When the silicone oil 64 filled in the liquid chamber 216 is expanded with heat, the silicone oil 64 increases its volume and presses the bladder 212 toward the accumulator dome 210, reducing the volume of the gas chamber 214 and hence increasing the volume of the liquid chamber 216. Consequently, the bladder 212 can effectively take up the expansion of the silicone oil 64 to maintain a desired level of performance for electric energy generation.

FIG. 11 fragmentarily shows a fastening structure 220 according to a ninth embodiment of the present invention.

As shown in FIG. 11, the fastening structure 220 has a backup plate 222 and a thin aluminum sheet 224 fixed to a surface of the backup plate 222 which faces a first end plate 58. A liquid chamber 226 is defined between the thin aluminum sheet 224 and the backup plate 222. The liquid chamber 226 is filled with silicone oil 64. The liquid chamber 226 is connected to an accumulator 230 through a through hole 228 defined centrally in the backup plate 222. The accumulator 230 comprises a spherical casing 234 having a tube 232 extending radially outwardly into and fixed in the through hole 228, and an elastic partition 236 disposed in the spherical casing 234. The elastic partition 236 divides the interior space of the spherical casing 234 into a gas chamber 238 and another chamber which communicates with the liquid chamber 226 through the through hole 228.

When the silicone oil 64 filled in the liquid chamber 226 is expanded with heat, the silicone oil 64 increases its volume and presses the partition 236, reducing the volume of the gas chamber 238. Consequently, the partition 236 can effectively take up the expansion of the silicone oil 64 to maintain a desired level of performance for electric energy generation.

With the arrangement of the present invention, the liquid chamber is disposed on the outer surface of at least one of the end plates positioned on the respective opposite ends of the plurality of the fuel cells, and the liquid filled in the liquid chamber applies a uniform surface pressure to the fuel cells. Consequently, the performance of the fuel cells is effectively maintained at a desired level. The end plates can have defined therein holes or passages for the fuel gas, the oxidizing gas, and the coolant. The fuel cell stack can thus be reduced in weight and made compact as a whole.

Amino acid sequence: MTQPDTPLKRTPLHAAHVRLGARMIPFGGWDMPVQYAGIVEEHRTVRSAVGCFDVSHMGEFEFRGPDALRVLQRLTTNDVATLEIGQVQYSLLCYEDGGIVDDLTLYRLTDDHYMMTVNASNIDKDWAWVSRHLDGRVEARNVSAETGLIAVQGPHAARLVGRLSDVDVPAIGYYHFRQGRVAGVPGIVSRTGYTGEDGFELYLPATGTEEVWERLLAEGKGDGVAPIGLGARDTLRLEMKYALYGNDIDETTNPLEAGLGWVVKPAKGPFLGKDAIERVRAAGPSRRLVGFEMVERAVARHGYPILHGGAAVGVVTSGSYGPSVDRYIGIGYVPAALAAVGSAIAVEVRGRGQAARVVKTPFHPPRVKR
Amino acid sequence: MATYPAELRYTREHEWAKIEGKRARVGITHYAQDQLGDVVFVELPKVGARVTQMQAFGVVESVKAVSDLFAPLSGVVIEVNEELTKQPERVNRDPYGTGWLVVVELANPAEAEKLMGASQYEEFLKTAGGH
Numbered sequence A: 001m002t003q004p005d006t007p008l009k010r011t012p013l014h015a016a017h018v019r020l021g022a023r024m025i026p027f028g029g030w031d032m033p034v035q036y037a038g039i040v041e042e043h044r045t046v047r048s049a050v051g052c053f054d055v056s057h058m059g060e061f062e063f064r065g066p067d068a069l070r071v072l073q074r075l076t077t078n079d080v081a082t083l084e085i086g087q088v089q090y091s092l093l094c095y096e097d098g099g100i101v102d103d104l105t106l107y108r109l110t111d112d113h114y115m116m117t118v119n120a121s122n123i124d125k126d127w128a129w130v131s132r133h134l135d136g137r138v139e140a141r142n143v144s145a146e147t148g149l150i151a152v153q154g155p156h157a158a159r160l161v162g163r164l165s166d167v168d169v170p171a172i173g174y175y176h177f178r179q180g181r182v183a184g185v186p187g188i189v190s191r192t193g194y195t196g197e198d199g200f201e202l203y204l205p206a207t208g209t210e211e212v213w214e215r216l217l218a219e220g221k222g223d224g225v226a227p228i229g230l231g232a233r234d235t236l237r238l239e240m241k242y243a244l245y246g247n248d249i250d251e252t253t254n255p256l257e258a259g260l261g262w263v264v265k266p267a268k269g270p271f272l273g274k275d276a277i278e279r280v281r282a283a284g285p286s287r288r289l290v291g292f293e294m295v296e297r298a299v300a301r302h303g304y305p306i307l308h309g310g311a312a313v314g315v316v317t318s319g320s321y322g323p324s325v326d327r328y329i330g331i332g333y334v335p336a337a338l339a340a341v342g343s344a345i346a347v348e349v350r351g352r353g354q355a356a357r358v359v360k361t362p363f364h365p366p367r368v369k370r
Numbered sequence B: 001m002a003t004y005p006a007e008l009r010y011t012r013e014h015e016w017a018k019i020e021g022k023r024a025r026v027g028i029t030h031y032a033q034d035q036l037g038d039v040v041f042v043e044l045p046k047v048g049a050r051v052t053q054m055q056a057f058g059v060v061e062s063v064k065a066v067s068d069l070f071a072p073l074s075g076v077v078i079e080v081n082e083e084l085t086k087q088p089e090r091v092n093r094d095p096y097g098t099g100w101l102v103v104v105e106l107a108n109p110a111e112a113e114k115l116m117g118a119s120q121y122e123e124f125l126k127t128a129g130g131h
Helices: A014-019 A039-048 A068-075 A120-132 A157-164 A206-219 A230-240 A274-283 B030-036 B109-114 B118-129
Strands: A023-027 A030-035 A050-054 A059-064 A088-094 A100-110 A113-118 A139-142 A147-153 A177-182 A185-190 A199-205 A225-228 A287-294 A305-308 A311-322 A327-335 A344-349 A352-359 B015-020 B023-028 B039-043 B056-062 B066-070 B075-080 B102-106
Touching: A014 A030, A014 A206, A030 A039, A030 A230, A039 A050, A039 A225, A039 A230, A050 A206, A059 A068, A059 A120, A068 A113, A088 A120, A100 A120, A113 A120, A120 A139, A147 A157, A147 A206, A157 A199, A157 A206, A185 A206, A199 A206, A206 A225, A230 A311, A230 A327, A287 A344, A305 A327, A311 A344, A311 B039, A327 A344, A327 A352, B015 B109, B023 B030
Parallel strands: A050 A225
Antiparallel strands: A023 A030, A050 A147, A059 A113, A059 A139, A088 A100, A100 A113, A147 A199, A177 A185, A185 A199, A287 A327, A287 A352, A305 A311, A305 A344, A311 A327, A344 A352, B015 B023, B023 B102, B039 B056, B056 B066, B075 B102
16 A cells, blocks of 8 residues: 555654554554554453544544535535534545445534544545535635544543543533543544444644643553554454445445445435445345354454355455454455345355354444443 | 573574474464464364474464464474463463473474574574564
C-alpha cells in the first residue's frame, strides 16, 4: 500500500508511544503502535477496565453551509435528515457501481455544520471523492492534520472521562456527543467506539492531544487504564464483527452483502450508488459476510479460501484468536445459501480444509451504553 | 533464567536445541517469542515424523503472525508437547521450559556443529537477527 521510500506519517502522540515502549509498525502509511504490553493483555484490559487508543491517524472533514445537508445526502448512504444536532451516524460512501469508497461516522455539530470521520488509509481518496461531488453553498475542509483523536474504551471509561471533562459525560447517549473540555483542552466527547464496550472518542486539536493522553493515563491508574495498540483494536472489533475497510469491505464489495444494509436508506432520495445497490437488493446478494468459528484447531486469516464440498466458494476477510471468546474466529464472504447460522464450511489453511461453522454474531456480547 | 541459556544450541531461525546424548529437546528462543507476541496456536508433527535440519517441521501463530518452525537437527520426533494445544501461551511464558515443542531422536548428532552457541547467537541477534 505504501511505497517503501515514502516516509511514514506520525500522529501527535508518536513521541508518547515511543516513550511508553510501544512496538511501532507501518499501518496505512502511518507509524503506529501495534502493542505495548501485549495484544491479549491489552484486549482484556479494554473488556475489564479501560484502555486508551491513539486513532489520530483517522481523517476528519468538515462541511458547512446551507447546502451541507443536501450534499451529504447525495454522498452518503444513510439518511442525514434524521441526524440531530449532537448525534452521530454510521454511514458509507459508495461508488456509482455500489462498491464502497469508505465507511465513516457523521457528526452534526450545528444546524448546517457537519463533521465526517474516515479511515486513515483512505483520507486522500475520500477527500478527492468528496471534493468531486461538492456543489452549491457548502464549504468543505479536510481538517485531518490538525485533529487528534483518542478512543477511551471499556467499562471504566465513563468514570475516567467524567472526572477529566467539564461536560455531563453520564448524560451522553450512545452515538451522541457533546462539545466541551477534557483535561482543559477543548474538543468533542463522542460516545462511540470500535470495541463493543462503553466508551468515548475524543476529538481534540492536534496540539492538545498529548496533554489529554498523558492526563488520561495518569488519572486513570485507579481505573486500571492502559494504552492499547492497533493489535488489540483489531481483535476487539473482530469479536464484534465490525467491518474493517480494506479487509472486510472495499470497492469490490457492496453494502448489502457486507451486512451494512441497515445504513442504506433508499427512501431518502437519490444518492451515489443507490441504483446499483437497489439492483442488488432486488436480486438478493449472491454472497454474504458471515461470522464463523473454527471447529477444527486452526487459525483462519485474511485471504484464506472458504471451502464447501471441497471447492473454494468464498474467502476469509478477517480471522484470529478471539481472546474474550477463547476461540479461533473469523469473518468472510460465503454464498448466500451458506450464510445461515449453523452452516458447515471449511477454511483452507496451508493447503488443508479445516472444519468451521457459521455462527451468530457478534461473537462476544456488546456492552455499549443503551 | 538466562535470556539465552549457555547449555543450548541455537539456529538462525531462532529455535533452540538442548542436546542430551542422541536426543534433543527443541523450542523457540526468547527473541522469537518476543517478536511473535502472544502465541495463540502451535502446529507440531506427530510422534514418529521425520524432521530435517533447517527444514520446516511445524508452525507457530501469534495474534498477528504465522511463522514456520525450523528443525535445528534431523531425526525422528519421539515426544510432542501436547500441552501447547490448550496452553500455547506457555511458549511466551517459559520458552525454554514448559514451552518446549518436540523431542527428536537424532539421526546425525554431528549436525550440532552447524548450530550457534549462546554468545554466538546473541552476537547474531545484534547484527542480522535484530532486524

Although certain preferred embodiments of the present to invention have been shown and described in detail, it should be understood that various changes and modifications may be made therein without departing from the scope of the appended claims.

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Referenced by
Citing PatentFiling datePublication dateApplicantTitle
US7163761Nov 14, 2002Jan 16, 20073M Innovative Properties CompanyFuel cell stack
US8323845 *Jul 31, 2006Dec 4, 2012Nissan Motor Co., Ltd.Solid oxide electrolyte fuel cell plate structure, stack and electrical power generation unit
US8343688Jun 5, 2008Jan 1, 2013Panasonic CorporationPolymer electrolyte fuel cell having a fastening structure including elastic members
US8524028 *Aug 25, 2009Sep 3, 2013Hamilton Sundstrnad Space Systems International, Inc.Laminate assembly sealing method and arrangement
US8778528 *Aug 30, 2011Jul 15, 2014Toyota Jidosha Kabushiki KaishaElectricity storage device
US20110048616 *Aug 25, 2009Mar 3, 2011Barnett Robert GLaminate assembly sealing method and arrangement
US20130157103 *Aug 30, 2011Jun 20, 2013Tomotaka OsakabeElectricity storage device
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Classifications
U.S. Classification429/470, 429/511
International ClassificationH01M8/24
Cooperative ClassificationH01M2300/0082, Y02E60/50, H01M8/247
European ClassificationH01M8/24D2
Legal Events
DateCodeEventDescription
Dec 12, 2012FPAYFee payment
Year of fee payment: 12
Dec 11, 2008FPAYFee payment
Year of fee payment: 8
Dec 21, 2004FPAYFee payment
Year of fee payment: 4
Feb 12, 1999ASAssignment
Owner name: HONDA GIKEN KOGYO KABUSHIKI KAISHA, JAPAN
Free format text: ASSIGNMENT OF ASSIGNORS INTEREST;ASSIGNORS:SUGITA, NARUTOSHI;OKAZAKI, KOJI;YAMAGAMI, TAKESHI;AND OTHERS;REEL/FRAME:009768/0849
Effective date: 19990204